Starting in the 1950s, Bernie Hillenbrand helped build the beginnings of our modern-day National Association of Counties, as its first full-time Executive Director. He died this week at 93, following a brief illness.
One collaboration strategy for Hillenbrand, according to the NACo website, was to bring the professional staff to a “retreat” at his farm in Washington County, Maryland.
Hillenbrand was a 1951 alumnus of the Maxwell School of Citizenship and Public Affairs at Syracuse University, a top-ranked policy and public management program where he received his Master of Public Administration degree.
Working out of an unused laundry facility and taking meetings in Washington, D.C.’s Mayflower Hotel, Bernard “Bernie” Hillenbrand took charge of NACo as its first full-time executive director in 1957.
Over the next 25 years, his vision and personality led the organization to change the way counties were represented on the federal level. After retiring in 1982, Hillenbrand retired to pursue the Methodist ministry. He died Oct. 5 at the age of 93 after a brief illness.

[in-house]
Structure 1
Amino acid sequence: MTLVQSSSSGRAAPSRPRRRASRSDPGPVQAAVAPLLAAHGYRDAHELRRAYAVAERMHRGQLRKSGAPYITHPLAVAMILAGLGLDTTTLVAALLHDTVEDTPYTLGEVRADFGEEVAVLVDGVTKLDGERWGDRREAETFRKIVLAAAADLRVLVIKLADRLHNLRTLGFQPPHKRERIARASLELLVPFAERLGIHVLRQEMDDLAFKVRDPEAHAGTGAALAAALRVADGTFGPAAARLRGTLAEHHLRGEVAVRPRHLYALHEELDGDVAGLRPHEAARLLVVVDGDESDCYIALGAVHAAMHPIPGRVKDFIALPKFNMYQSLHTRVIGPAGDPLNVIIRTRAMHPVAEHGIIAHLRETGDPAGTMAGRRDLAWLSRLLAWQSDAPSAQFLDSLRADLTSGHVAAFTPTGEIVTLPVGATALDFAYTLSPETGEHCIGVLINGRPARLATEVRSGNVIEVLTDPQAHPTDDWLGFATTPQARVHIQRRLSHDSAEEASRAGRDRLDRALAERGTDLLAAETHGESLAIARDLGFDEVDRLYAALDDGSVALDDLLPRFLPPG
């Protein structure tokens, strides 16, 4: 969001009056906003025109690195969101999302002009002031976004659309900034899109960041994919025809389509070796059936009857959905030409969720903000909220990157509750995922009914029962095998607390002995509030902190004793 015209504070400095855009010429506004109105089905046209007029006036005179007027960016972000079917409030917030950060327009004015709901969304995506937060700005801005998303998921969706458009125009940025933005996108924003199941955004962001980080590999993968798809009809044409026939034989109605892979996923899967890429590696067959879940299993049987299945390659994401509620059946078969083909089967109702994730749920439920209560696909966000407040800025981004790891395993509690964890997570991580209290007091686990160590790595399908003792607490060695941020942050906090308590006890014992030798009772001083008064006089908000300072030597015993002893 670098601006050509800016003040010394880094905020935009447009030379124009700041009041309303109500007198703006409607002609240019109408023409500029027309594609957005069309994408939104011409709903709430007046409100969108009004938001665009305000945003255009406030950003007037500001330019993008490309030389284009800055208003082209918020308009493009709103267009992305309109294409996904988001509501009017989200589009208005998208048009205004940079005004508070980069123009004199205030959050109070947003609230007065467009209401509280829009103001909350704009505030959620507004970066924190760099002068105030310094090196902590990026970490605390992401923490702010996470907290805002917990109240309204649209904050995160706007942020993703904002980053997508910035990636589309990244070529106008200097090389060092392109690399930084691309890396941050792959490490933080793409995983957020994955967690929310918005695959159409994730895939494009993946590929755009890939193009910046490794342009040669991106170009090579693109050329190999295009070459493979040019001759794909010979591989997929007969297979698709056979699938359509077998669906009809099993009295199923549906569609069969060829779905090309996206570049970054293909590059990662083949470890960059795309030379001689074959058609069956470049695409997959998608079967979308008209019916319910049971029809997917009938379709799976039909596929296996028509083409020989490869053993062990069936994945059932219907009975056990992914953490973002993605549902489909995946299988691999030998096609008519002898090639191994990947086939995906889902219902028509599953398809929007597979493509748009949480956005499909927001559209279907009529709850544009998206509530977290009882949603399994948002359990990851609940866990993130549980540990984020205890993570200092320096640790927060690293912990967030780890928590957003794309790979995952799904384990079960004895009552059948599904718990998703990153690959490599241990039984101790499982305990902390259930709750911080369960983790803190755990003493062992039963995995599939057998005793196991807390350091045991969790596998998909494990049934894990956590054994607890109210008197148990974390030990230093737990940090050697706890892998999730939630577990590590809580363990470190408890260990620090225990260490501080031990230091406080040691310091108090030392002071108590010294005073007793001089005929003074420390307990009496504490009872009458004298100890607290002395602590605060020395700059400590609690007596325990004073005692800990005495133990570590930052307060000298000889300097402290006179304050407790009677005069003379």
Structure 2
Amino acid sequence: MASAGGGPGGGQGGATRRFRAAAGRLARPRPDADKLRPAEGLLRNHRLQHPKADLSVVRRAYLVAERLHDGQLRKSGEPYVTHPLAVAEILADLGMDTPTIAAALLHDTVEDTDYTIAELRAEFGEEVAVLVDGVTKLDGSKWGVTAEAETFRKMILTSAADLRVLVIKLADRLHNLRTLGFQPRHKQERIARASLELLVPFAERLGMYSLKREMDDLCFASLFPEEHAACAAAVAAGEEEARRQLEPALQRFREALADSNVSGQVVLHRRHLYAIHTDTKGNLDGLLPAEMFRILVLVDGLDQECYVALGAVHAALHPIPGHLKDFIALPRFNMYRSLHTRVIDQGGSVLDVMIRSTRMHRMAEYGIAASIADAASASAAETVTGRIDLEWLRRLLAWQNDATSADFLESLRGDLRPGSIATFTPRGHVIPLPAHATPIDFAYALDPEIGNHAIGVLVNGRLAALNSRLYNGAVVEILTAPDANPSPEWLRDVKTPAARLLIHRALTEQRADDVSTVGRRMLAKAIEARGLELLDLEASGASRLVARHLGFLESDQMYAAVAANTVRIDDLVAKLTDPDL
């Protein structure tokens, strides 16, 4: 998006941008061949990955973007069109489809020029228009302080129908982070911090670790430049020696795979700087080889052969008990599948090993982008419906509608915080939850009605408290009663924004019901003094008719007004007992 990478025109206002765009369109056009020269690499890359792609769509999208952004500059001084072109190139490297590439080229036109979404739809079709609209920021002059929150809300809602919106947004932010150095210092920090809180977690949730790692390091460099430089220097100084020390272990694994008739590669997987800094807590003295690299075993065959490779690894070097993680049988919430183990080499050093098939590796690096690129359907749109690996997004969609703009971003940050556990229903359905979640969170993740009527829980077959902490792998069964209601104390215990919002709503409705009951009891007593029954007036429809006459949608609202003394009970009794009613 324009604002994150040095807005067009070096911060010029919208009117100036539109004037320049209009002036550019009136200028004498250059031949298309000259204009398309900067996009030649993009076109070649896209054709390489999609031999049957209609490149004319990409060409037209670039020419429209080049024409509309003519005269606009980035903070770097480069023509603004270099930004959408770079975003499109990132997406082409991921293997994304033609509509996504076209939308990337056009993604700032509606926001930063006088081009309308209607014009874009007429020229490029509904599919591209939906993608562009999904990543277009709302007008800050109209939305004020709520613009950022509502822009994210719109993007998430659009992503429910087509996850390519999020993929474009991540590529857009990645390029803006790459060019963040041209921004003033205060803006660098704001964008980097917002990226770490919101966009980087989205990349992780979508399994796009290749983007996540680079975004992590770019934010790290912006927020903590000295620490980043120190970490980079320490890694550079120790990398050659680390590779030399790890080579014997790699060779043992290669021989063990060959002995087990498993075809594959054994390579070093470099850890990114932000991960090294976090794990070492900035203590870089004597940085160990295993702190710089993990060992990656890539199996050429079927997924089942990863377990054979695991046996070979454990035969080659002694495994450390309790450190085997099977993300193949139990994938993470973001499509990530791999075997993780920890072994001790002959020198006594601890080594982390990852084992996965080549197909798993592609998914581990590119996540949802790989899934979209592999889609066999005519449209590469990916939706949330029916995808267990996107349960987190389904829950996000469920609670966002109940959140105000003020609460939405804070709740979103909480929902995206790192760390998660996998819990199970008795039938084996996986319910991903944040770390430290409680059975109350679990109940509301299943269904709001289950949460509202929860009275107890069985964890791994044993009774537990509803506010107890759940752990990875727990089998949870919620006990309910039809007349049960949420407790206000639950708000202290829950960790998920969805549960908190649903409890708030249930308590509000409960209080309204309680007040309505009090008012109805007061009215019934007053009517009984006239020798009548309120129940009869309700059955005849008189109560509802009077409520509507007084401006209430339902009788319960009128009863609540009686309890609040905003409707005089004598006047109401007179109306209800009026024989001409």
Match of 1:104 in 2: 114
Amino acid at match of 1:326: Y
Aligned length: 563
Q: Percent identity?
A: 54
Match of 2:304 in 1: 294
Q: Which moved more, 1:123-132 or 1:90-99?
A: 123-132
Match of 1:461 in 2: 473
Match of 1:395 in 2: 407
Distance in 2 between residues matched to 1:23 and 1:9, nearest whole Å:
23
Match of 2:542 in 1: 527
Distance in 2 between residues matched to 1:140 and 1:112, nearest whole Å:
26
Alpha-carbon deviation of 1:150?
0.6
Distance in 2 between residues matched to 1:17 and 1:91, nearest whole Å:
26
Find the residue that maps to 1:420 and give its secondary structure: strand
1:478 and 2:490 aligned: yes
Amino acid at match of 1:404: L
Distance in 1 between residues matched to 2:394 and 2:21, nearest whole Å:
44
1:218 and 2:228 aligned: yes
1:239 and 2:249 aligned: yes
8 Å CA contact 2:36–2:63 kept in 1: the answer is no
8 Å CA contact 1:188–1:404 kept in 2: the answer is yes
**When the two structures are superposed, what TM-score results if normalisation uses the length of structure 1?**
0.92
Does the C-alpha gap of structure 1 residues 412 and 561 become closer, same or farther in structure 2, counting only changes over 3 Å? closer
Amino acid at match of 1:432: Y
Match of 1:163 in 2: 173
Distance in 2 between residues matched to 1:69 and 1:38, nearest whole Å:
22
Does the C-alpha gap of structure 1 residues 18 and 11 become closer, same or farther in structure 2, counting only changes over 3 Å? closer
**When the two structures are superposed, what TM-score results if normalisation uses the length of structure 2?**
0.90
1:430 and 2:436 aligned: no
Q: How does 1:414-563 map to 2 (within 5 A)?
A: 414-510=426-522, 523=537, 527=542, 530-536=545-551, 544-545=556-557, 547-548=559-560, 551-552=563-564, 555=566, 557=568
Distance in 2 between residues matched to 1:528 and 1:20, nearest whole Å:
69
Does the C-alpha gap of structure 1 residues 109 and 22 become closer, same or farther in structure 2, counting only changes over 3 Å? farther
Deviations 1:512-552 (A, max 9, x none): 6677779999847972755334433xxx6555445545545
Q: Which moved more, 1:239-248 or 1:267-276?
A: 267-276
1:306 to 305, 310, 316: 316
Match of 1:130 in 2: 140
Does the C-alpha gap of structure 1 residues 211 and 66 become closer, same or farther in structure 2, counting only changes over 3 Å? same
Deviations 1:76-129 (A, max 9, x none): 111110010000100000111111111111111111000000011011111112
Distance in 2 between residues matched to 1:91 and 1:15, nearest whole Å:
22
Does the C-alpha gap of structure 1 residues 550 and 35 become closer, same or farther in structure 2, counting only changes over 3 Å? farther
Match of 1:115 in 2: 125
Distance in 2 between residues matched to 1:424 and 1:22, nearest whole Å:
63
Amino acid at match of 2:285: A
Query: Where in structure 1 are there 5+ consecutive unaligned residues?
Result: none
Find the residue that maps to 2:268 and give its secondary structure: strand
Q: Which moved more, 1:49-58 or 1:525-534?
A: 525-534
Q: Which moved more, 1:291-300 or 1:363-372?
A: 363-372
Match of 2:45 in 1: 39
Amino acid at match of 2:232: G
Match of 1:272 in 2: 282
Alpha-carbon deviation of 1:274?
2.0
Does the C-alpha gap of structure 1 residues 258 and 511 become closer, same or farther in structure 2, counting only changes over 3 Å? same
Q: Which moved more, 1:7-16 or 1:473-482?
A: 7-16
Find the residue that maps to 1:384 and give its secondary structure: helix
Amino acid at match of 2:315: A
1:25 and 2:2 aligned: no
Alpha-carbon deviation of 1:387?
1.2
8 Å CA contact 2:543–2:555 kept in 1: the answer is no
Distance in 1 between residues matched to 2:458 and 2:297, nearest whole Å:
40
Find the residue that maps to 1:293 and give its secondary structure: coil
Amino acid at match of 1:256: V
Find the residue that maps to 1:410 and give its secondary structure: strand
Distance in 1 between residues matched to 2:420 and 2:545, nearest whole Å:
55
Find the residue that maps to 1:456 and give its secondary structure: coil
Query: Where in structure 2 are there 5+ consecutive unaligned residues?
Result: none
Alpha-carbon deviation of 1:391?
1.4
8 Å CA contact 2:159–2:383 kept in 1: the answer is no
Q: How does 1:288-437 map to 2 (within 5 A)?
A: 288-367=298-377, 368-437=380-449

“In 1957, county governments had no presence in Washington, D.C.,” said Larry Naake, NACo’s former executive director who first met Hillenbrand as a California State Association of Counties intern in the 1960s. “By the ’70s, we were included in the discussions with governors and mayors, and that was all due to the way he built the organization.”
In fact, the New York Times called him, in 1981, “the lobbyist who put counties back on the map of politics.”
Stay tuned to the NACo website for any family arrangements or contact details.